Over the last few weeks, Derek has been reviewing the 2020 Yankees projections from the leading projection systems. You can check those out here (Steamer), here (ZiPS), and here (PECOTA). There are a number of interesting takeaways from those suite of projections, but there’s one unifying thread to which I want to draw particular attention: each projection system loves Mike Ford.
I’ve been slowly coming aboard the Ford train recently, but I must admit that I’m still surprised to see all of the major projection systems – which, as you all know, lean conservative – in relative unison on Ford. Check it out:
- PECOTA: .255/.341/.501 (124 DRC+) in 21o AB
- ZiPS: .257/.340/.481 (116 wRC+) in 491 PA
- Steamer: .255/.340/.485 (115 wRC+) in 105 PA
Those are optimistic projections to say the least, but none more so than PECOTA. Baseball-Prospectus believes he is a Top 50 true talent hitter by their DRC (their version of wRC+ or OPS+). In fact, his 124 DRC+ ranks places him alongside players like Justin Turner (124 DRC+), Edwin Encarnación (124 DRC+), Carlos Correa (125 DRC+), and José Altuve (123 DRC+). That’s pretty good company!
In terms of Yankees, only Giancarlo Stanton (139 DRC+) and Aaron Judge (130 DRC+) project better. I’ve come around to the idea that Ford might actually be good, as I said, but I still admit that I’m surprised by this! However, a look at some under-the-hood data shows that we should not be surprised: Ford did about as well as you could possibly do last season. Let’s get right into it.
He Hit the Ball Hard
By way of reminder, Ford hit .259/.350/.559 (134 wRC+) with 12 homers in 163 trips to the plate in 2019. (For a more thorough refresher of his season, check out Derek’s season review here.) That was a very solid debut campaign for the 27-year-old lefty, but one with a slightly muted reaction. I suspect that the unusual ball, which drive up offensive production, plus the fact that it came when the Yankees had a playoff spot all but confirmed, contributed to this.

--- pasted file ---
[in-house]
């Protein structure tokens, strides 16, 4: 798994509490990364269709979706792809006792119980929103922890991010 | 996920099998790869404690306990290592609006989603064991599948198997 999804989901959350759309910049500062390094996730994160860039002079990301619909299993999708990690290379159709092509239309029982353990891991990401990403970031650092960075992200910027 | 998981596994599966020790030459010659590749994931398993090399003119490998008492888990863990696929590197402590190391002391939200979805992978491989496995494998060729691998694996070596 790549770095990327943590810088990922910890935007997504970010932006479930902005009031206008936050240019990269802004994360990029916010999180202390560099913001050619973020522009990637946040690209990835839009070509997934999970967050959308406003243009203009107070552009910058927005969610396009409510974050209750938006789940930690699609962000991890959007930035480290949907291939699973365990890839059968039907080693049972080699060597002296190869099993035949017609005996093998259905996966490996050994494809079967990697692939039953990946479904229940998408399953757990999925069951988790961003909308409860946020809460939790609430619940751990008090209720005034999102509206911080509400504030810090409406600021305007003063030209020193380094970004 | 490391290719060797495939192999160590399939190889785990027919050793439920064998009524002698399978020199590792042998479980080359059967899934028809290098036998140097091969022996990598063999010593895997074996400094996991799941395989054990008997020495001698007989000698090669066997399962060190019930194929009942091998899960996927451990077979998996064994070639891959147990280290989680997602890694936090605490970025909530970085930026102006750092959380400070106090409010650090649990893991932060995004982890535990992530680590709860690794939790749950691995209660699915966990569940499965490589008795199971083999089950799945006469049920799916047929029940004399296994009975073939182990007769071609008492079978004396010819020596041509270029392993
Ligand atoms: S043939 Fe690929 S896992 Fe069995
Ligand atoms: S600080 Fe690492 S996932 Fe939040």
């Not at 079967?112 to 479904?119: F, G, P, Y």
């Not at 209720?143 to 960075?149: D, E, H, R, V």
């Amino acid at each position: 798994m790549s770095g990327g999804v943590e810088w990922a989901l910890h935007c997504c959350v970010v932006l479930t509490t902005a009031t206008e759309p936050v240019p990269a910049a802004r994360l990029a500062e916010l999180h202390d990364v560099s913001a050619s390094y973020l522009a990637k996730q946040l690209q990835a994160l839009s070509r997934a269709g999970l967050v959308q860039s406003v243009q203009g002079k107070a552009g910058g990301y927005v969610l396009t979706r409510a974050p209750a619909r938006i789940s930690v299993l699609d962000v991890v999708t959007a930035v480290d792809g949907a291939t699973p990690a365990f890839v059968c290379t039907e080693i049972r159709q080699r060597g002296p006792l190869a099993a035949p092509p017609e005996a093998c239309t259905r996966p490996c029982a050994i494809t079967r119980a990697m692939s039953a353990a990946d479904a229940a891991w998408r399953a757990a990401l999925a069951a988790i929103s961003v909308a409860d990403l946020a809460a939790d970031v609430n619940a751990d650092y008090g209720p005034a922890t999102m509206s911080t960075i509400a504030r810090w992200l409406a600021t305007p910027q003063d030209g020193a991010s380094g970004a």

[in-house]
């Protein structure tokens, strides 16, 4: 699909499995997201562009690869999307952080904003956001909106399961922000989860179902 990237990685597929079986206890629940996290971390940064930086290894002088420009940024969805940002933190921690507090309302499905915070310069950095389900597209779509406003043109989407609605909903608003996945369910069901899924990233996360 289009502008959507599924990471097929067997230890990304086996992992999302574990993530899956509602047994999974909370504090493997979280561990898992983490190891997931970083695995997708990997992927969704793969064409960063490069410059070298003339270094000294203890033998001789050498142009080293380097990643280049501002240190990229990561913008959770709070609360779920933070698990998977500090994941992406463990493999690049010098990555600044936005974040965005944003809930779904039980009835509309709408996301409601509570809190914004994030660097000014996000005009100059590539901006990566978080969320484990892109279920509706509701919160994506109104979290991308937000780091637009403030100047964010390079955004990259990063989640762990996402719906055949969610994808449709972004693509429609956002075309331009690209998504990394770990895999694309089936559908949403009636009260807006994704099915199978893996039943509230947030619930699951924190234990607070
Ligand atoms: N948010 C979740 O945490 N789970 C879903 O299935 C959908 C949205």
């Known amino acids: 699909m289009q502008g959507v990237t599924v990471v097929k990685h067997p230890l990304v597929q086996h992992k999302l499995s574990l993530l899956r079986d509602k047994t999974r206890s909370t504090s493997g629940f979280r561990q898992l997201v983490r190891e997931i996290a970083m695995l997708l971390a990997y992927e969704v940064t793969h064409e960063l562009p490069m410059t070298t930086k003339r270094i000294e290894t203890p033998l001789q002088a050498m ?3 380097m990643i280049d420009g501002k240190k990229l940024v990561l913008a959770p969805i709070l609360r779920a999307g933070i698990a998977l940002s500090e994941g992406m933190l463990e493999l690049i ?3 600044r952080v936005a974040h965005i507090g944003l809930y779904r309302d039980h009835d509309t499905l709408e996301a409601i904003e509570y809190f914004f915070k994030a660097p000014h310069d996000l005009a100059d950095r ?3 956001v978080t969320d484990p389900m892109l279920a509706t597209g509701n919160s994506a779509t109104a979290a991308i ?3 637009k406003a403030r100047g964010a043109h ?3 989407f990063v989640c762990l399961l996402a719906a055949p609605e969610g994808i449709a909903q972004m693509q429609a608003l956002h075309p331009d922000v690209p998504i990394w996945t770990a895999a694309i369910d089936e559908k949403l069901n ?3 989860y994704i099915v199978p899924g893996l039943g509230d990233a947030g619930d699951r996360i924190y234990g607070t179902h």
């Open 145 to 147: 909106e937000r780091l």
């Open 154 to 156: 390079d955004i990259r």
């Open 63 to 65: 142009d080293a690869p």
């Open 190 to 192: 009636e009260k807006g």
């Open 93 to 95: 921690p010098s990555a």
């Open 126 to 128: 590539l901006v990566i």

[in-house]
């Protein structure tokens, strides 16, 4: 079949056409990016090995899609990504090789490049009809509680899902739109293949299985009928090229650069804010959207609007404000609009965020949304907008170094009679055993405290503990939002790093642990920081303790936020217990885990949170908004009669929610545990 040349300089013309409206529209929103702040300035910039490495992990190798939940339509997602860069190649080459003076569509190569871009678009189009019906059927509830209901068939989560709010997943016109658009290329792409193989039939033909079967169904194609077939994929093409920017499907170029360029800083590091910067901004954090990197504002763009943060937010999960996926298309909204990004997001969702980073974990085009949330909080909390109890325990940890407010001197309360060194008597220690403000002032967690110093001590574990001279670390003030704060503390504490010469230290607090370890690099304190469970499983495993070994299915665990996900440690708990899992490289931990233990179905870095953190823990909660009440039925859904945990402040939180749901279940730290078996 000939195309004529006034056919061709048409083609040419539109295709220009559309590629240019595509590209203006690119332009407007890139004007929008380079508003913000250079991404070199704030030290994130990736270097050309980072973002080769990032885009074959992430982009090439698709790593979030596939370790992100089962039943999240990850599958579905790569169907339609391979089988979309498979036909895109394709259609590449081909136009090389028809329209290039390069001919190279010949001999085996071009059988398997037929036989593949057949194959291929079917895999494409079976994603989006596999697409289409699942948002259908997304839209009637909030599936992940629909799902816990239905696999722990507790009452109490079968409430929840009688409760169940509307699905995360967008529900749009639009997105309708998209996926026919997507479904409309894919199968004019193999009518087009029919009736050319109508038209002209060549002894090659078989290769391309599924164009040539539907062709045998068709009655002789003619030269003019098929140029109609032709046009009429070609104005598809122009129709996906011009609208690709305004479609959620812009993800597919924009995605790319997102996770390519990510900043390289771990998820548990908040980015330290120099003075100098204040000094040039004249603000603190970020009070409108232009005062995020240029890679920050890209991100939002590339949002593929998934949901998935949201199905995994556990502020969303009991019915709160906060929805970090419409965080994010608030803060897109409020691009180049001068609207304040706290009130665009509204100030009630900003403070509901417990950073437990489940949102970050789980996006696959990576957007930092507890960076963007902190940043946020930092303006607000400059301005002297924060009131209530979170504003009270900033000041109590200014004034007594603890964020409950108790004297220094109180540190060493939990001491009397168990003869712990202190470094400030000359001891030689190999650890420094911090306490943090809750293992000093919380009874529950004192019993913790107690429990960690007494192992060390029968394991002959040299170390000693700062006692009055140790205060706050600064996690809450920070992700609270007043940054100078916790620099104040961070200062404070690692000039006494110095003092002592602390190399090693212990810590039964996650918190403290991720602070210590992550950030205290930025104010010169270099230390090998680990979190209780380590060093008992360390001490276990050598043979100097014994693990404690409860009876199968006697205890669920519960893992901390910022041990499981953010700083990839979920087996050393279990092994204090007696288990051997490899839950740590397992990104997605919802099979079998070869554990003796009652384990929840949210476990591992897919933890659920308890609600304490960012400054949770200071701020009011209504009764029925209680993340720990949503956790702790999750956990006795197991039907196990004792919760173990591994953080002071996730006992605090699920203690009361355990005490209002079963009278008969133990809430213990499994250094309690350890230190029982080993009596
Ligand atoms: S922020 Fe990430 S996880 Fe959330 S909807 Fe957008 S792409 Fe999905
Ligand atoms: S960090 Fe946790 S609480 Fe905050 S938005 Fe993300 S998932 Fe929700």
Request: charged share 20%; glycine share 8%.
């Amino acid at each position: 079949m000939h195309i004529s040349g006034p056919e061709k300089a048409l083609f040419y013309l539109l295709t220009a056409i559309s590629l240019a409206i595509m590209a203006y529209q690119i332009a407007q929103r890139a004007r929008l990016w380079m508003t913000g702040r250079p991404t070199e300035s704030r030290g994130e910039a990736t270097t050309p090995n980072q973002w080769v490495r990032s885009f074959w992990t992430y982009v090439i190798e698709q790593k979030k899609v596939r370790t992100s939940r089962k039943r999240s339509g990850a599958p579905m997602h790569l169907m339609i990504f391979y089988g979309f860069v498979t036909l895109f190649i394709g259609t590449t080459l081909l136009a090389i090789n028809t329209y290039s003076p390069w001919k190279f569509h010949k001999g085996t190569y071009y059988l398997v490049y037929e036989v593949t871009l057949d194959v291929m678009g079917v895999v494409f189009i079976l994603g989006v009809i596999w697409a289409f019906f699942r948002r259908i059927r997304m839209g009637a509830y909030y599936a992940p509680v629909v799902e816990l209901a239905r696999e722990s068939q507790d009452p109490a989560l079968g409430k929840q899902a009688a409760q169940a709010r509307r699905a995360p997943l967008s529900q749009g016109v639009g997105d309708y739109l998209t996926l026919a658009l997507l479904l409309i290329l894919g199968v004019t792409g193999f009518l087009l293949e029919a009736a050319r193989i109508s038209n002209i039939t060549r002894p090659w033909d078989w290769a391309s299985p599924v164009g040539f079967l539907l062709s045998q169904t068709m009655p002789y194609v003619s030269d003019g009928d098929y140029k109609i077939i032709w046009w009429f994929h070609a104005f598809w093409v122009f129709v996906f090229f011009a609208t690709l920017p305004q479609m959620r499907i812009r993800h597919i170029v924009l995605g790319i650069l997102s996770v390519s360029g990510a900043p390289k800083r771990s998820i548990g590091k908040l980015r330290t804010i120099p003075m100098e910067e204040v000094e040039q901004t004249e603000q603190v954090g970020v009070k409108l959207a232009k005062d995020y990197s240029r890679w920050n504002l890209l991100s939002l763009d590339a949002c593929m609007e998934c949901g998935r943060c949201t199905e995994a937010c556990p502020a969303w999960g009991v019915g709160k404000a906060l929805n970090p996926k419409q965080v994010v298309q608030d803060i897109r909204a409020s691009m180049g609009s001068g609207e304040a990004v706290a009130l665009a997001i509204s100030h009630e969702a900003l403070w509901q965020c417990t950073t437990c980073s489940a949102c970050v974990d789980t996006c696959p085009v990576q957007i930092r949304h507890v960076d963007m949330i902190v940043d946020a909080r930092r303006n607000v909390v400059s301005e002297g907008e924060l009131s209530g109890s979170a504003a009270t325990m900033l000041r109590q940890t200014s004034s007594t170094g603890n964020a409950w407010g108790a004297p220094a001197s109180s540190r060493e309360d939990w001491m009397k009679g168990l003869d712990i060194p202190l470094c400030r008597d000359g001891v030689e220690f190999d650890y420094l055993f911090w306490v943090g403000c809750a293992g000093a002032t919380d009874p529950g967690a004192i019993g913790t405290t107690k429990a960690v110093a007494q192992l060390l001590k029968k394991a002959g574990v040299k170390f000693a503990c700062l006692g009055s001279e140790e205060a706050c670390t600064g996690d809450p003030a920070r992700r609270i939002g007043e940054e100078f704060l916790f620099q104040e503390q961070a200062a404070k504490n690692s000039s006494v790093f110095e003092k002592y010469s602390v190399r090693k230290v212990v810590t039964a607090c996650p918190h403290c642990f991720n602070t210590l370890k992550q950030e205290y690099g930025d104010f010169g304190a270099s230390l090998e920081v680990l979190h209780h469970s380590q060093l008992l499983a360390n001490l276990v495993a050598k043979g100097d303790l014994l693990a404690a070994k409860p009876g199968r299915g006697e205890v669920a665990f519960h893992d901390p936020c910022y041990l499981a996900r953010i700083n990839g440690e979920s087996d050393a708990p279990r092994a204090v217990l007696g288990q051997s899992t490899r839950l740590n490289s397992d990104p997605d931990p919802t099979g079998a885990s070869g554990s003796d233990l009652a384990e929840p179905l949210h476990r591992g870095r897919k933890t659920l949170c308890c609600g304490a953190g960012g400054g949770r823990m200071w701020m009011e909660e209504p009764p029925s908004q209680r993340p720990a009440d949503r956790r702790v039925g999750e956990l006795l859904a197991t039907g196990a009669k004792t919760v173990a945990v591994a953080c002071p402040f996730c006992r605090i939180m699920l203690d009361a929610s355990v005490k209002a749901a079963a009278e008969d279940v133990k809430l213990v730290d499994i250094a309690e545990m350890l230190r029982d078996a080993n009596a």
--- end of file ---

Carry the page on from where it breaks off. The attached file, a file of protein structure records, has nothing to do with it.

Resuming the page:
However, there’s a lot of encouraging stuff in Ford’s profile. Check out some of his batted ball data, with league averages in parentheses:
- Average Exit Velocity: 91.9 mph (87.5 mph)
- Launch Angle: 15.6 (11.2)
- Expected wOBA: .365 (.318)
- Hard Hit Rate: 45.6% (34.5%)
That is all very good to see. It suggests that his pop (24% HR/FB rate compared to 15% league average) is for real, as he was hammering the ball and hitting it into the air. You can’t ask a hitter to do any more than that, no matter how small the sample is. I’ve said this a million times, but I’ll say it once more: a batter can only hit the balls he sees. Ford did that, and he did it well.
Not to mention, there are even more promising figures underneath this data. First, let’s look at his rolling wOBA, courtesy of Statcast:
This shows us that Ford struggled until about his 100th plate appearance of the season. He was quite a bit below average for a stretch there, in fact. Even during this rough stretch, though, he hit the ball very hard. Check out his rolling exit velocity average:
And his rolling hard hit percentage: